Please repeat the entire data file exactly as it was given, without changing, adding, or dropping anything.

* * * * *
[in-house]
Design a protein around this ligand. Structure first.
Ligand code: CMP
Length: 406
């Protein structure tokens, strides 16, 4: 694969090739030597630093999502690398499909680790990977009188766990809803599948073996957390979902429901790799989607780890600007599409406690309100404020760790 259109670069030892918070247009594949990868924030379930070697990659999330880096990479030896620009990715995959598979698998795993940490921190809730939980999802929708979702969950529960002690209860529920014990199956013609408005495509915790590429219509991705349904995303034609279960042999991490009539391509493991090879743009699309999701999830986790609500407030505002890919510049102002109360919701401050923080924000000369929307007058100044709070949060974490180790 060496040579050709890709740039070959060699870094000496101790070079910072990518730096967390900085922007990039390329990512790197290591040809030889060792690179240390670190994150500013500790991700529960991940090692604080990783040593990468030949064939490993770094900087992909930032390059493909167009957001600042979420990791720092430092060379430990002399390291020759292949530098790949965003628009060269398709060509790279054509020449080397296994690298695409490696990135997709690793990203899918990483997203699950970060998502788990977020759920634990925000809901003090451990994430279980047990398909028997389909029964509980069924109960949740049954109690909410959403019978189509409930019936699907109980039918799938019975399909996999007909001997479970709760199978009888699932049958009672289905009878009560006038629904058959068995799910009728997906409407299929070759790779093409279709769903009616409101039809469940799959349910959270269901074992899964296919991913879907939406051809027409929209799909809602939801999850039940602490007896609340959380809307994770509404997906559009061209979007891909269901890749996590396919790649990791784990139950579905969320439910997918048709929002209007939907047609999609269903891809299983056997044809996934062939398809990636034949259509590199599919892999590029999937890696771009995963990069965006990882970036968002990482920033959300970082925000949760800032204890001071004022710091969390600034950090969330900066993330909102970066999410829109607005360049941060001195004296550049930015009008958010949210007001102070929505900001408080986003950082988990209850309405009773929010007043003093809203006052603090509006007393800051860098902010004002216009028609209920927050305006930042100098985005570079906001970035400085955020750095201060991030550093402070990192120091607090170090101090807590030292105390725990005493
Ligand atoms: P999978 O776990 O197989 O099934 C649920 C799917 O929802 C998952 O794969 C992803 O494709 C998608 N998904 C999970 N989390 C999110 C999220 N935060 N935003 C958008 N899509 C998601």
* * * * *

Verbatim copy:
[in-house]
Design a protein around this ligand. Structure first.
Ligand code: CMP
Length: 406
């Protein structure tokens, strides 16, 4: 694969090739030597630093999502690398499909680790990977009188766990809803599948073996957390979902429901790799989607780890600007599409406690309100404020760790 259109670069030892918070247009594949990868924030379930070697990659999330880096990479030896620009990715995959598979698998795993940490921190809730939980999802929708979702969950529960002690209860529920014990199956013609408005495509915790590429219509991705349904995303034609279960042999991490009539391509493991090879743009699309999701999830986790609500407030505002890919510049102002109360919701401050923080924000000369929307007058100044709070949060974490180790 060496040579050709890709740039070959060699870094000496101790070079910072990518730096967390900085922007990039390329990512790197290591040809030889060792690179240390670190994150500013500790991700529960991940090692604080990783040593990468030949064939490993770094900087992909930032390059493909167009957001600042979420990791720092430092060379430990002399390291020759292949530098790949965003628009060269398709060509790279054509020449080397296994690298695409490696990135997709690793990203899918990483997203699950970060998502788990977020759920634990925000809901003090451990994430279980047990398909028997389909029964509980069924109960949740049954109690909410959403019978189509409930019936699907109980039918799938019975399909996999007909001997479970709760199978009888699932049958009672289905009878009560006038629904058959068995799910009728997906409407299929070759790779093409279709769903009616409101039809469940799959349910959270269901074992899964296919991913879907939406051809027409929209799909809602939801999850039940602490007896609340959380809307994770509404997906559009061209979007891909269901890749996590396919790649990791784990139950579905969320439910997918048709929002209007939907047609999609269903891809299983056997044809996934062939398809990636034949259509590199599919892999590029999937890696771009995963990069965006990882970036968002990482920033959300970082925000949760800032204890001071004022710091969390600034950090969330900066993330909102970066999410829109607005360049941060001195004296550049930015009008958010949210007001102070929505900001408080986003950082988990209850309405009773929010007043003093809203006052603090509006007393800051860098902010004002216009028609209920927050305006930042100098985005570079906001970035400085955020750095201060991030550093402070990192120091607090170090101090807590030292105390725990005493
Ligand atoms: P999978 O776990 O197989 O099934 C649920 C799917 O929802 C998952 O794969 C992803 O494709 C998608 N998904 C999970 N989390 C999110 C999220 N935060 N935003 C958008 N899509 C998601």